n a world transformed by digital data, doctors appear unscathed- collecting tons of paper charts and scrawling their prescriptionsin a chicken scratch that only nurses and pharmacists canfathom.
Physicians have been slow to convert to electronicrecord-keeping, even though health care experts say that digitalpatient records bring greater efficiencies and productivity whileimproving patient safety.
Many hospitals across the United States have also lagged inadopting these new technologies. Nursing homes and ambulancesystems have been the slowest.
But a growing number of health providers in the St. Louis areaare scrapping their paper charts for electronic records. Some hopeto not only cut costs but also to cash in on federal incentives todigitize.
Under last year’s American Recovery and Reinvestment Act, theU.S. Department of Health and Human Services is setting aside about$20 billion in stimulus money: up to $44,000 per physician whomeets the government’s criteria for investing in electronic patientrecords. Eventually, there will be penalties for doctors who failto switch over.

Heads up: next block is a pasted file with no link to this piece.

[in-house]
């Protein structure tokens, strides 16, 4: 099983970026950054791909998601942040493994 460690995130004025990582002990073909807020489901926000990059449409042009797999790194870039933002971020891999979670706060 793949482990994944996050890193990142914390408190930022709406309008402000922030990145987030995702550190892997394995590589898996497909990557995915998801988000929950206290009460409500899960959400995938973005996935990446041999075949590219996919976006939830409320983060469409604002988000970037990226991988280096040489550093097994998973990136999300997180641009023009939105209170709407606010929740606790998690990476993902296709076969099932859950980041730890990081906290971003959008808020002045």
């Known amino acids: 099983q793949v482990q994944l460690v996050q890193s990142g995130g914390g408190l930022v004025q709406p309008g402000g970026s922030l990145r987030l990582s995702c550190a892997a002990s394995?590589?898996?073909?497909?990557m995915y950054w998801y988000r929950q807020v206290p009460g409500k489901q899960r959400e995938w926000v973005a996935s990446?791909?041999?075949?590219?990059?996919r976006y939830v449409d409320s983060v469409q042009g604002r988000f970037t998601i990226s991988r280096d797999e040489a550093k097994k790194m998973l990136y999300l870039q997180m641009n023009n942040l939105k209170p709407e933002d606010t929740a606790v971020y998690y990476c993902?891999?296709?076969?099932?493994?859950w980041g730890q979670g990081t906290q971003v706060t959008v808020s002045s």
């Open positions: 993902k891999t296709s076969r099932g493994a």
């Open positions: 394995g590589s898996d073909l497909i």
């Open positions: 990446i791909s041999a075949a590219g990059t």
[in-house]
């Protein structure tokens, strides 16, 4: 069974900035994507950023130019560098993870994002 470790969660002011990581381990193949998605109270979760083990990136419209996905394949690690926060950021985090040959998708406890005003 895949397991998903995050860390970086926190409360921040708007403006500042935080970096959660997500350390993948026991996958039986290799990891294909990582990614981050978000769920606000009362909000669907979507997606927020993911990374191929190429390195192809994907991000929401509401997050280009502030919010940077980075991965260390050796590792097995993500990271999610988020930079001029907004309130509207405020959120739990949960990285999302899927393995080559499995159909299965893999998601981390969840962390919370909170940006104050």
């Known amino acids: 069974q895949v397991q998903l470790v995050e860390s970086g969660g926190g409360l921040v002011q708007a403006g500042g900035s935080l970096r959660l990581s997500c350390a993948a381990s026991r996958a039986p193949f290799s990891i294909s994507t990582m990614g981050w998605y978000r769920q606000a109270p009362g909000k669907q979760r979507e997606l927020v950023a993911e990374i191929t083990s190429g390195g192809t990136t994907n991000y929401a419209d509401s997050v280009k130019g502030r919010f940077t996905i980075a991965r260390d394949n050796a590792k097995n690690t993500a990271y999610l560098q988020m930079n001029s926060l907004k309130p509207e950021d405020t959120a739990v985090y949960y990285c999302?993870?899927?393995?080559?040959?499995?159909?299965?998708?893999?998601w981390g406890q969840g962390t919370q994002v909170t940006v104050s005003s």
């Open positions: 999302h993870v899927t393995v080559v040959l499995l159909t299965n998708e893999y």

In five or 10 years, experts say, electronic medical recordswill be swiftly sent between hospitals and medical offices, whosecomputer systems, as of now, cannot communicate.
n a world transformed by digital data, doctors appear unscathed - collecting tons of paper charts and scrawling their prescriptions in a chicken scratch that only nurses and pharmacists can fathom. Physicians have been slow to convert to electroni...